Oregon Court of Appeals Upholds Order Against McKenzie River Water Speculators

Oregon Court of Appeals Upholds Order Against McKenzie River Water Speculators
Another Victory for McKenzie River and WaterWatch

November 15, 2017

Order available here.

Mckenzie River by Doug Heiken

Mckenzie River by Doug Heiken

Today, the Oregon Court of Appeals upheld a final order denying the Willamette Water Company’s controversial application for a permit to withdraw 34 cubic feet per second (22 million gallons per day) from the McKenzie River. The Court’s decision affirms an earlier decision issued in May 2014 by the Oregon Water Resources Commission to deny the water permit application. That decision in turn had affirmed an Oregon Water Resources Department order in March 2014, as well as the ruling of an administrative law judge in 2012 that the permit application be denied. WaterWatch sparked the review process by protesting the permit application in March of 2010.

“We are pleased that the Oregon Court of Appeals has upheld the Oregon Water Resource Commission’s decision to deny this speculative water proposal by Willamette Water Company,” said Lisa Brown, Staff Attorney for WaterWatch of Oregon. “Under Oregon law, Oregon’s waters belong to the public – not to private water companies hoping to profit by monopolizing the resource for future sale.”

The company proposed to lock up a large amount of McKenzie River water, but failed to identify any committed customers, could not complete the water development project in the time allowed, and failed to apply for needed land use approvals for developing the water project. The applicant also challenged the fish protection conditions recommended by the Oregon Department of Fish and Wildlife and proposed by the Oregon Water Resources Department.

“In 2014, the Oregon Water Resources Commission correctly found that Willamette Water Company’s proposal was illegal because it was attempting to tie up a large block of water for undefined future sale, rather than proposing to use the water beneficially as required by law, and because the company had failed to apply for needed land use approvals for its project,” added Brown. “The Court agreed with the Commission, the Department, and an administrative law judge that because the company could not develop the permit in a timely manner, the agency properly denied it.”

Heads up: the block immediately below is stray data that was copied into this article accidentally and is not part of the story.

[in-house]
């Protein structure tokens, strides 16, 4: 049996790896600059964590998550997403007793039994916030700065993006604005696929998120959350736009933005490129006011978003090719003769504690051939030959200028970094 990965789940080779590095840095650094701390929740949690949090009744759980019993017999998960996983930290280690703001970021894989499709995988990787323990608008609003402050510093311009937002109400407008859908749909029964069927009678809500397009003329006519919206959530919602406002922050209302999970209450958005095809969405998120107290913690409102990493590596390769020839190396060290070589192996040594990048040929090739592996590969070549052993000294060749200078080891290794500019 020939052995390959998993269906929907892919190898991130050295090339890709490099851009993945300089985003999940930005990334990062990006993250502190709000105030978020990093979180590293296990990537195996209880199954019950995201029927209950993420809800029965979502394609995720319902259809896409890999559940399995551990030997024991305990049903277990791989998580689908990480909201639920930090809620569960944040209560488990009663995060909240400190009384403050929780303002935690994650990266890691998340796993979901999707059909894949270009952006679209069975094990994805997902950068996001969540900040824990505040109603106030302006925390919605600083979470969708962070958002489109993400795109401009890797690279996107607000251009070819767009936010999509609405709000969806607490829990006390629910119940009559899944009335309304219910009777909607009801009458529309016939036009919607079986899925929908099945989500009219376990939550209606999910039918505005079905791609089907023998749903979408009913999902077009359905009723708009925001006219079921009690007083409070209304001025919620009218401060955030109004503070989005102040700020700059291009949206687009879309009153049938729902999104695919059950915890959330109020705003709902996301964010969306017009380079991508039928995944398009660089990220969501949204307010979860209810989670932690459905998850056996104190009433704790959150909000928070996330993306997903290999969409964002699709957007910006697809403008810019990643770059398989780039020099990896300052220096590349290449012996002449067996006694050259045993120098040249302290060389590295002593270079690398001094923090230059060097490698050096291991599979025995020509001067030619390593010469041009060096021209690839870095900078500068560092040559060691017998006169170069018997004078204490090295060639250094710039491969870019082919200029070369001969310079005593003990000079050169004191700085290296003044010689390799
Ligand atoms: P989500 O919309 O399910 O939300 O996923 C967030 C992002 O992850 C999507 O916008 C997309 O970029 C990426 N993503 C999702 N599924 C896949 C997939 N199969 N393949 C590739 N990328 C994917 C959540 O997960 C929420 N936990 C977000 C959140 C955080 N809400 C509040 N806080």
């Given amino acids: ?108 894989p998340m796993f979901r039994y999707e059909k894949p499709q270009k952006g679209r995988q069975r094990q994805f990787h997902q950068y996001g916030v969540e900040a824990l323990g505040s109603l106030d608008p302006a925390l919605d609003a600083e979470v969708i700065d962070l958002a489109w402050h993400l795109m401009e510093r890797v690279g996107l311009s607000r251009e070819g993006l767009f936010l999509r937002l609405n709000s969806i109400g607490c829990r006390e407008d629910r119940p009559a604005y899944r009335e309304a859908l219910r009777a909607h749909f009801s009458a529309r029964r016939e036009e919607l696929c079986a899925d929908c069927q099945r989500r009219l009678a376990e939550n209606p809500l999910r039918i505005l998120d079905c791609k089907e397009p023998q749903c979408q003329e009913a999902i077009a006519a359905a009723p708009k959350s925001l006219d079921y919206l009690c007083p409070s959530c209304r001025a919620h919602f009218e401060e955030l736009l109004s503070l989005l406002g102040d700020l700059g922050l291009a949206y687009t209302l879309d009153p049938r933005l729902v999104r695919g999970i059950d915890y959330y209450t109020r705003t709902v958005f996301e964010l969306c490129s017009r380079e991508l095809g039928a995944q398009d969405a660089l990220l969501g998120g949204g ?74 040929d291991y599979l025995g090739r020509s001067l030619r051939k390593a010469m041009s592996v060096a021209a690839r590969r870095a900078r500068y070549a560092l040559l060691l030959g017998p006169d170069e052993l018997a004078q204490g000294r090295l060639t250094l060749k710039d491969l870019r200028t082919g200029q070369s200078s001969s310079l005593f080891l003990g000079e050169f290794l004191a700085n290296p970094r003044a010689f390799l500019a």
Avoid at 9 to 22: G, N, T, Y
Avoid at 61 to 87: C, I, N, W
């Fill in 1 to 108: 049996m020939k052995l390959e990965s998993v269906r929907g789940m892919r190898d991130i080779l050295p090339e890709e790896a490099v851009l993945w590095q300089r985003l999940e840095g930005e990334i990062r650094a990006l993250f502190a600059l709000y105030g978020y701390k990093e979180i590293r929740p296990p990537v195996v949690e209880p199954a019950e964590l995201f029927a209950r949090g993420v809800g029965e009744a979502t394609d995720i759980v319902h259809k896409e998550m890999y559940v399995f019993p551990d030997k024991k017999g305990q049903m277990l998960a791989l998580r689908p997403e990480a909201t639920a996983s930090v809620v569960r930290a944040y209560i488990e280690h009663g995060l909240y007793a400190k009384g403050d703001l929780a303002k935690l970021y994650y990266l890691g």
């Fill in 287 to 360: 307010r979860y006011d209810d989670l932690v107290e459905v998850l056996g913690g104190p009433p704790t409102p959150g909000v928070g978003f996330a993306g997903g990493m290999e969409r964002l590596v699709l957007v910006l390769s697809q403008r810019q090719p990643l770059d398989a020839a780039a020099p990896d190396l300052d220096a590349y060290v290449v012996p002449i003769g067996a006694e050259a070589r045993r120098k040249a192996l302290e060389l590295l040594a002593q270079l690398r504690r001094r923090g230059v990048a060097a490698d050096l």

The permit application drew considerable local media attention and inspired community concern regarding one of the public’s most valuable resources – water – in one of the state’s most iconic waterways. The harmful proposal threatened a river prized by fishermen, boaters, and nature enthusiasts from around the world. The McKenzie’s renowned beauty, along with the fish and wildlife it supports, in turn help sustain jobs and economic activity in the region.

WaterWatch protested the permit application on March 12, 2010, on grounds that it did not conform to state requirements and that the applicant showed no need for the water. The administrative law judge, Jim Han, stated in the April 27, 2012 order that the “[a]pplication proposes a speculative use for more water than the Company could establish it could put to actual beneficial use” as required by law. He found that granting the permit would impair or be detrimental to the public interest and that the permit application should be denied. Since then, the state has consistently agreed with him.

A 35-day period follows in which parties can file a petition for review with the Oregon Supreme Court.

WaterWatch is the only river conservation group that monitors water allocation proposals, agency decisions, and actual water use across Oregon. Our goals are legal compliance, agency accountability, and to ensure that rivers and the public have a voice in decisions affecting our rivers, streams, and aquifers.